The PPP Executive Committee decided to promote rural electrification programs within the PPP framework, because although they are intrinsically local or national in scope, they provide significant added value associated with creating links among the rural electrification programs of the different countries.

Honduras’ state-owned National Electricity Company (ENEE) is responsible for providing service and developing, operating, and maintaining the country’s generation, transmission, and distribution infrastructure it controls. The company, which serves 788,000 customers, faces a formidable challenge of upgrading the power grid to meet the development requirements of the country. A basic problem for achieving this goal has been financial difficulties steaming from previously signed power purchase agreements, energy losses, and a weak revenue stream from user charges.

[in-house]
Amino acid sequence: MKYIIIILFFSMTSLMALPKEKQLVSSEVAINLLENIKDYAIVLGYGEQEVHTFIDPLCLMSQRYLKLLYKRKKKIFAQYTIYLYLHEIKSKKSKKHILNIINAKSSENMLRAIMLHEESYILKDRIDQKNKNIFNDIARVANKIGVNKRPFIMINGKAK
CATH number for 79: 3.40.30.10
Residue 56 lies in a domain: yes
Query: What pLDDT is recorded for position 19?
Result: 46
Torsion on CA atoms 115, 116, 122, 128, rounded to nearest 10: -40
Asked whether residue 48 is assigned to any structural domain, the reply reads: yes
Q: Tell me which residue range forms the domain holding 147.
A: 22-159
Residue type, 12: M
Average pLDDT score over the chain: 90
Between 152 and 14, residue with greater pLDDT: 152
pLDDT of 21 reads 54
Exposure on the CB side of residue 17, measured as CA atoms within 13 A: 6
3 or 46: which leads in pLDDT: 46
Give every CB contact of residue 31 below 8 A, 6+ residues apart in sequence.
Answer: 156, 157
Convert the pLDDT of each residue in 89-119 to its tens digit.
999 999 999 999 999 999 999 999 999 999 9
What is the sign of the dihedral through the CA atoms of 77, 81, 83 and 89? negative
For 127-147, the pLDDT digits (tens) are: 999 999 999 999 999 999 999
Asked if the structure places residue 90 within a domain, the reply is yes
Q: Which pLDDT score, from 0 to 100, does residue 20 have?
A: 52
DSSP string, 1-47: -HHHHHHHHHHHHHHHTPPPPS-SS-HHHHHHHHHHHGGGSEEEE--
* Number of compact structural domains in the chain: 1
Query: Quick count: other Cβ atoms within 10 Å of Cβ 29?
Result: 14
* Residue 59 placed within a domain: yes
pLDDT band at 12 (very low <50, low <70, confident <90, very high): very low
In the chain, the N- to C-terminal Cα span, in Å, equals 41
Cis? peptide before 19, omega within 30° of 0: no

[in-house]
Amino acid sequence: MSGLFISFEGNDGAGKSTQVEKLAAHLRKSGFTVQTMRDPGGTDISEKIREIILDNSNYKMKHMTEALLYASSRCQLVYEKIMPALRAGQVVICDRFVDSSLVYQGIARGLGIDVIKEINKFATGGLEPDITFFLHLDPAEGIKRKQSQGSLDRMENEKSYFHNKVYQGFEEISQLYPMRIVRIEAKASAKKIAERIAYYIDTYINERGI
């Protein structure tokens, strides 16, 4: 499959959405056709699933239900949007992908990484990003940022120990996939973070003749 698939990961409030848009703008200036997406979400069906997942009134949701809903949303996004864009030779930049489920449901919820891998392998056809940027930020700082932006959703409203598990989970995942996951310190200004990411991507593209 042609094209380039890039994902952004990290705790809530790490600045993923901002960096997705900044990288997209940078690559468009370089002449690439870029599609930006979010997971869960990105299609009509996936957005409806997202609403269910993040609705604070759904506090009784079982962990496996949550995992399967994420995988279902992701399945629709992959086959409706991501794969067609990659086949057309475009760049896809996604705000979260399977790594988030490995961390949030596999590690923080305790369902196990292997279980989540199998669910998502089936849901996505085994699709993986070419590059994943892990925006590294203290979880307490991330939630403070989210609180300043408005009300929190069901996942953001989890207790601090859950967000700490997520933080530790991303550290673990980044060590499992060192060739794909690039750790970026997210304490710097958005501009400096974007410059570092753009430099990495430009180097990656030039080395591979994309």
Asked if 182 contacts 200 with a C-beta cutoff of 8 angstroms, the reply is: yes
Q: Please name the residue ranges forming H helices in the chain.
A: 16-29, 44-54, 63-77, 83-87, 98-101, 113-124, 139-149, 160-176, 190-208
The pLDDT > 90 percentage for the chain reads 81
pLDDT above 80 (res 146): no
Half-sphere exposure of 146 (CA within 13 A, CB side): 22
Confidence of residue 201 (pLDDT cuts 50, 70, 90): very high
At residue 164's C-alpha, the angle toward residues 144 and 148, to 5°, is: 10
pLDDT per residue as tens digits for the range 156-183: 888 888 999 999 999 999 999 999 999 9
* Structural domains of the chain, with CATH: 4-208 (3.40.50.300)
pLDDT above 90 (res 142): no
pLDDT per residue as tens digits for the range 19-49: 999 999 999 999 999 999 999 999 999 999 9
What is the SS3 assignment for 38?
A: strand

ENEE seeks to meet this challenge by adopting a model for the sector that accounts for the country’s small electricity market, the limited capacity of its regulatory agency, and a weak institutional structure for shaping sector policy, which makes it difficult to attract private investment to the sector and guarantee supply. With these challenges in mind, the government has been developing a strategy to increase generation and transmission capacity, expand rural coverage, and improve sector finances.

The program in brief

The Puebla-Panama Plan-Support for Rural Electrification and the Energy Sector Program is providing support for two related objectives: expand the power grid in rural areas and improve the efficiency of ENEE.

In the area of rural electrification, investments are focused at improving service in the departments of Lempira, Intibucá, and Olancho. Included is equipment for the 34.5 Kilovolt and 69 Kilovolt systems, two new 69/34.5 Kilovolt substations, and two 69 Kilovolt subtransmission lines. The goal is to extend rural electrification services to approximately 8,000 new users, in addition to improving existing service for an additional 27,000 users.

Investments to improvethe efficiency of ENEE include building a 19.5 Kilometers, 138 Kilovolt line between La Puerta and Naco and a 50 megavoltampere, 138/34.5 Kilovolt substation in Naco; modernizing the National Dispatch Center; providing support for a plan to reduce losses, and strengthening the Social Electrification Office.